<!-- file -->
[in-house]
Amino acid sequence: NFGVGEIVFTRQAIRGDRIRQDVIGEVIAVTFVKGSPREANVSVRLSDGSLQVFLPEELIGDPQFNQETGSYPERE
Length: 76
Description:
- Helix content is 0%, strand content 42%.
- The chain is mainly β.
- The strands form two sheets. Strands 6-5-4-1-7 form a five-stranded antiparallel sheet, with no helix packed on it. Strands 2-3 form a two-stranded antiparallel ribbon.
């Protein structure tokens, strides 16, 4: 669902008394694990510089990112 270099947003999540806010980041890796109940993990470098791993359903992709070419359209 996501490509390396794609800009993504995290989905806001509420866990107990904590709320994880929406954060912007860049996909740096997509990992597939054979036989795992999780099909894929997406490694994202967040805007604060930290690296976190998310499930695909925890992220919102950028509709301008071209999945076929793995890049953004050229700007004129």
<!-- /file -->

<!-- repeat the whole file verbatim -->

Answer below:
[in-house]
Amino acid sequence: NFGVGEIVFTRQAIRGDRIRQDVIGEVIAVTFVKGSPREANVSVRLSDGSLQVFLPEELIGDPQFNQETGSYPERE
Length: 76
Description:
- Helix content is 0%, strand content 42%.
- The chain is mainly β.
- The strands form two sheets. Strands 6-5-4-1-7 form a five-stranded antiparallel sheet, with no helix packed on it. Strands 2-3 form a two-stranded antiparallel ribbon.
């Protein structure tokens, strides 16, 4: 669902008394694990510089990112 270099947003999540806010980041890796109940993990470098791993359903992709070419359209 996501490509390396794609800009993504995290989905806001509420866990107990904590709320994880929406954060912007860049996909740096997509990992597939054979036989795992999780099909894929997406490694994202967040805007604060930290690296976190998310499930695909925890992220919102950028509709301008071209999945076929793995890049953004050229700007004129």